Original Articles \ Letters to the Editor

REC Interv Cardiol. 2019;1:69-70

Part-time hemodynamics due to inequity in the reperfusion therapy of patients with STEMI

Hemodinámica a tiempo parcial como causa de inequidad en el tratamiento de reperfusión del IAMCEST

Pablo Ramos-RuizThis email address is being protected from spambots. You need JavaScript enabled to view it., Luciano Consuegra-Sánchez, Samantha Wasniewski, Francisco Guillermo Clavel-Ruipérez, José Domingo Cascón-Pérez and Juan Antonio Castillo-Moreno

Servicio de Cardiología, Hospital General Universitario Santa Lucía, Cartagena, Murcia, España

Dear editor,

In Spain the implementation of ST-segment elevation acute myocardial infarction (STEMI) networks between 2003 and 2012 was associated to a higher rate (50%) of primary percutaneous coronary interventions (PCI) and a lower mortality rate (that dropped from 10.2% to 6.8%). However, throughout the years we have been able to witness the appearance of inevitable differences in the development and implementation of primary PCI programs among the different regions.1 And, although these differences are slowly disappearing, some situations can generate inequity while managing reperfusion. One of these differences can be found in those interventional laboratories that only do primary PCIs part-time ignoring the recommendations from the European Society of Cardiology that establishes that primary PCI-capable centers should conduct this procedure on a 24/7 schedule and categorizes other healthcare models as “non-desirable”.2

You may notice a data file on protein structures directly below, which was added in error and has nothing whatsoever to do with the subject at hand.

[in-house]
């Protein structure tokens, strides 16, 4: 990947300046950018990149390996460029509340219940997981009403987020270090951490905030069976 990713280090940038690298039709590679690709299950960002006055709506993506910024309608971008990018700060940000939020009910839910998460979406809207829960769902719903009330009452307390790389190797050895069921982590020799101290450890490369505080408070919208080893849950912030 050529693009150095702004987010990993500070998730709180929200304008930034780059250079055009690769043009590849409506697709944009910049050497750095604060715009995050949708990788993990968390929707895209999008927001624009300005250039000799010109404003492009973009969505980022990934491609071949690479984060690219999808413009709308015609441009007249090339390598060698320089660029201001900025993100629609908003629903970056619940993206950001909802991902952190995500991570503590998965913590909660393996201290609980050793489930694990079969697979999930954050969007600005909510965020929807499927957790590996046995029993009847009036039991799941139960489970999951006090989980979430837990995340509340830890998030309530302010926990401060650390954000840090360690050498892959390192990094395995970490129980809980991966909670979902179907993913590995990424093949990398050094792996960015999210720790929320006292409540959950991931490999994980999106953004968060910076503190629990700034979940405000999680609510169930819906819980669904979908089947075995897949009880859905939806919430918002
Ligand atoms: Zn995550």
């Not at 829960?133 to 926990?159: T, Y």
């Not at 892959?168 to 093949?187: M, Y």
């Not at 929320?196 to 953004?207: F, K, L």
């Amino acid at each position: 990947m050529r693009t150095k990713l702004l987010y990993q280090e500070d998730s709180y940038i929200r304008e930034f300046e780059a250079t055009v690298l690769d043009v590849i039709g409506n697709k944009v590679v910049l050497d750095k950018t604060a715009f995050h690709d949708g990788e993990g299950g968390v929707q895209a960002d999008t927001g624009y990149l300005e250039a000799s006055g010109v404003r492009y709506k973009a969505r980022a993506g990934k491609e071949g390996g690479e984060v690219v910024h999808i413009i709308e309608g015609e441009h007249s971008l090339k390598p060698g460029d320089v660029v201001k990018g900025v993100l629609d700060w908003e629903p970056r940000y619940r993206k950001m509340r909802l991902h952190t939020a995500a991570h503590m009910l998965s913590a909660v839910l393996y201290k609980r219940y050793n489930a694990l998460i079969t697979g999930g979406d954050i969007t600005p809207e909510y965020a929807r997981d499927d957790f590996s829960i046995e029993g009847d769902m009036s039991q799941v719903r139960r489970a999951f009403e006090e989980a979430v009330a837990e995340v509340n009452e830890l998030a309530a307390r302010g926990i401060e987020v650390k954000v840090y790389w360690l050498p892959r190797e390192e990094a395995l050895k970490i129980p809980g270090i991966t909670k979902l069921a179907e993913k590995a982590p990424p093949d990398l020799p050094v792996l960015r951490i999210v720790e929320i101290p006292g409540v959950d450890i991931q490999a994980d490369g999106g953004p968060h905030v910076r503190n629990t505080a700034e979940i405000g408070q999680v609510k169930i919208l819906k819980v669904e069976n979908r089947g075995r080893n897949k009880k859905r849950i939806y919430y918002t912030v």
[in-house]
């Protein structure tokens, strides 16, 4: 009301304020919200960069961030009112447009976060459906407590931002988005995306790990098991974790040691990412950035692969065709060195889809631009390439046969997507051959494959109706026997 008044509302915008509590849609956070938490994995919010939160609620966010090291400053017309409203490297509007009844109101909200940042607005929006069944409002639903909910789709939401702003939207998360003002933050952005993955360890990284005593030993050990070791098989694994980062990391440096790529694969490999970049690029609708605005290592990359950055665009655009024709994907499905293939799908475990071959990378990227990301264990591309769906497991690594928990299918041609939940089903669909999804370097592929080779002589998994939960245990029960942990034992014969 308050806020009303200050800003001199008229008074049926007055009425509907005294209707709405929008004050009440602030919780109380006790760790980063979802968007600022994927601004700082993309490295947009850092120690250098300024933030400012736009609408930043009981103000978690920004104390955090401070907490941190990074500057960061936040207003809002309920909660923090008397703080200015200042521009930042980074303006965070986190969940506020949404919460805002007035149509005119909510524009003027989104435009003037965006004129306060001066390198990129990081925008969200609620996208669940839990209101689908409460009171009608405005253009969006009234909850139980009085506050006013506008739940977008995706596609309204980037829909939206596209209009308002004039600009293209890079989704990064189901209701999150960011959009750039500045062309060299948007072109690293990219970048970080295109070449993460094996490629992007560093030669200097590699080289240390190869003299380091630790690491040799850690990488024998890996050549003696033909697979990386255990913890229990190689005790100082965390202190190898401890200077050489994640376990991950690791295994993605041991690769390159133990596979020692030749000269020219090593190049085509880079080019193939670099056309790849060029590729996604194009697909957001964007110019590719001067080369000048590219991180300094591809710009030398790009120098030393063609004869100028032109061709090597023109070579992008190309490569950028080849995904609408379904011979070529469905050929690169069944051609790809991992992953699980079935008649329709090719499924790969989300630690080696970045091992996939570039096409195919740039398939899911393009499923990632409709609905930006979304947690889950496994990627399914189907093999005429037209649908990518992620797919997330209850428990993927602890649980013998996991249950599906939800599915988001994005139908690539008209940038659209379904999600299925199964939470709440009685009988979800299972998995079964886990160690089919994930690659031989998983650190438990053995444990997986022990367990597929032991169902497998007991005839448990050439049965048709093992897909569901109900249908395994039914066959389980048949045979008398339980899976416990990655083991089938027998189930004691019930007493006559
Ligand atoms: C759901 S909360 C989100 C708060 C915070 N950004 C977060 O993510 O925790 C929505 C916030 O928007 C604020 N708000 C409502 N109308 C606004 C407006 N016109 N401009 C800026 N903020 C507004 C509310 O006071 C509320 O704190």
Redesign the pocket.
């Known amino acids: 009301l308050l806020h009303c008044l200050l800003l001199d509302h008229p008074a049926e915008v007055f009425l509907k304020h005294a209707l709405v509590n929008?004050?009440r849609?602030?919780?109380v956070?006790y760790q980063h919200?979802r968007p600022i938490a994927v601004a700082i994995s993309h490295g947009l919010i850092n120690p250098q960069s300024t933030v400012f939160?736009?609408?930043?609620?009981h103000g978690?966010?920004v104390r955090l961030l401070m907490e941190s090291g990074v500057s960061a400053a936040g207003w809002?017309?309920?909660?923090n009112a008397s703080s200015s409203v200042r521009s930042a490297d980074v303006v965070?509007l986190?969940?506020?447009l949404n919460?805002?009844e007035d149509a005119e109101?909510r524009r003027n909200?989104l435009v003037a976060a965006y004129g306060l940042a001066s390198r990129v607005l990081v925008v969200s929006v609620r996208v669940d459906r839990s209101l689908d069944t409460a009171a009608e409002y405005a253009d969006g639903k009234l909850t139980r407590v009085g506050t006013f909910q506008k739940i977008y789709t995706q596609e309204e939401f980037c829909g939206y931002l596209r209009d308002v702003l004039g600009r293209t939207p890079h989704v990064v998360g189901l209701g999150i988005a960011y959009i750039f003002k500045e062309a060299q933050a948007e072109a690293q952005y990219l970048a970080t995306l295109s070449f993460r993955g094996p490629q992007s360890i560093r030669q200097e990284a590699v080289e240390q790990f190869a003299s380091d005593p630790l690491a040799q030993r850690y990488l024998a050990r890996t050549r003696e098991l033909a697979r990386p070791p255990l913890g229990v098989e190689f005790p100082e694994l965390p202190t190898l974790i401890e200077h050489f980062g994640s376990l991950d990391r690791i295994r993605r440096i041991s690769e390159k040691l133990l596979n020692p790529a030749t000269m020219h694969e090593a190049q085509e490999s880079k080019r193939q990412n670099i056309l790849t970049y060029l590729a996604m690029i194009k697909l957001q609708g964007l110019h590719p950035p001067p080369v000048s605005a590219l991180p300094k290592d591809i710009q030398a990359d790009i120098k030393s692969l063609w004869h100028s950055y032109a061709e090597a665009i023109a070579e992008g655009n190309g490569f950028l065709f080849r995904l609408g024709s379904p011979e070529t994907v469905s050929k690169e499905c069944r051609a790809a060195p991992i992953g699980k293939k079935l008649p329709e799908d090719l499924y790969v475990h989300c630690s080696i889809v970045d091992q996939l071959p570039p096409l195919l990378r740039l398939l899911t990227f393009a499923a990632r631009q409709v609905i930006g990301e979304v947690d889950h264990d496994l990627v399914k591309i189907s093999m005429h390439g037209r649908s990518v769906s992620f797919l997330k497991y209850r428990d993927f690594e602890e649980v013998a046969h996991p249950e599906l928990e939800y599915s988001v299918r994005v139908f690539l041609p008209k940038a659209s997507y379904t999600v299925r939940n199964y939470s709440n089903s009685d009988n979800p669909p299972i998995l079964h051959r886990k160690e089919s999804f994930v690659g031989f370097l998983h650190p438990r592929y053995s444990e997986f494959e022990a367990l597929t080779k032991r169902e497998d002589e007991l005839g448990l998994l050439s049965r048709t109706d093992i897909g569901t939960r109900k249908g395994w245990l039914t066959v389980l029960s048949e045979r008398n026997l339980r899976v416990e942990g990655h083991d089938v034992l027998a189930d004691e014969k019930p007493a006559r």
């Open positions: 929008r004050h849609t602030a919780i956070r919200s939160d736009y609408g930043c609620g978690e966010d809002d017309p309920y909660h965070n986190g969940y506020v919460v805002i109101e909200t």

Thus, given the limited availability of our hospital interventional laboratory (from 8 AM through 3 PM only on business days), we decided to explore the in-hospital mortality rate of patients with STEMI who received primary PCIs in our center and compare it to that of patients who received another reperfusion therapy (primary PCI at the regional reference center or fibrinolysis).

Our hemodynamic laboratory provides healthcare to nearly 400 000 inhabitants. Whenever a patient suffers a STEMI on business hours he is transferred to the interventional suite and undergoes a primary PCI. Outside this schedule, the management of the patient is heterogeneous (primary PCI in the reference hospital, which is 50 kilometers away, or fibrinolysis) and it is the interventionist on call at the reference hospital who, based on recommendations from the regional network on the management of STEMI, will pick one modality or the other. This situation is exceptional in our country3 which is why we think it deserves some analysis.

We conducted a retrospective study of all the patients in our unit with a diagnosis of STEMI from January 2014 through September 2016 who had received reperfusion therapy. We categorized them into two groups: those who had received a primary PCI at our hospital (the so-called “in situ PCI” group), and those who had already received a different reperfusion strategy, whether a primary PCI at the reference hospital or fibrinolysis (the so-called “other reperfusion” group). The main study hypothesis was that in-hospital all-cause mortality can be different based on the possibility to conduct primary angioplasties at our center. We conducted logistic regression analysis adjusted by age, Killip class, shock or out-of-hospital cardiac arrest, diabetes, or chronic renal disease.